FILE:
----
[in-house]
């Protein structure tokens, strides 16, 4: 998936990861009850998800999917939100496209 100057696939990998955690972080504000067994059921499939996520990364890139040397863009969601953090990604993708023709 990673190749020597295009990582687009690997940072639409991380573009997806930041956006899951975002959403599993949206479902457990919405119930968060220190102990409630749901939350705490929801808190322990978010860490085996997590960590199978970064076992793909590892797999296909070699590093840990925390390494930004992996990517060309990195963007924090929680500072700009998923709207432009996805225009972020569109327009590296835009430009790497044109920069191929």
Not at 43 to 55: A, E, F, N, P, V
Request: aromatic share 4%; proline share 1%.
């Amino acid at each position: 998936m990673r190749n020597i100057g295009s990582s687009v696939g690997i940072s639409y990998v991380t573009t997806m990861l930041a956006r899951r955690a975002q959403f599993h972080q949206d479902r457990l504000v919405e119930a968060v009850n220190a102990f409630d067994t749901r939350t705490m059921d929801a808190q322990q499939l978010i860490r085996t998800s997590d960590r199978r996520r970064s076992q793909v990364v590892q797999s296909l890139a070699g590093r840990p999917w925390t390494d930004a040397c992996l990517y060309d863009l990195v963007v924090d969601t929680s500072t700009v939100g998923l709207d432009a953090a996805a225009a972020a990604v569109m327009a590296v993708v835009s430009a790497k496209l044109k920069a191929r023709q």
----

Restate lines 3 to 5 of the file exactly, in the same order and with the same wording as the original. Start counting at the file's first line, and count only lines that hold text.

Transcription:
Not at 43 to 55: A, E, F, N, P, V
Request: aromatic share 4%; proline share 1%.
């Amino acid at each position: 998936m990673r190749n020597i100057g295009s990582s687009v696939g690997i940072s639409y990998v991380t573009t997806m990861l930041a956006r899951r955690a975002q959403f599993h972080q949206d479902r457990l504000v919405e119930a968060v009850n220190a102990f409630d067994t749901r939350t705490m059921d929801a808190q322990q499939l978010i860490r085996t998800s997590d960590r199978r996520r970064s076992q793909v990364v590892q797999s296909l890139a070699g590093r840990p999917w925390t390494d930004a040397c992996l990517y060309d863009l990195v963007v924090d969601t929680s500072t700009v939100g998923l709207d432009a953090a996805a225009a972020a990604v569109m327009a590296v993708v835009s430009a790497k496209l044109k920069a191929r023709q």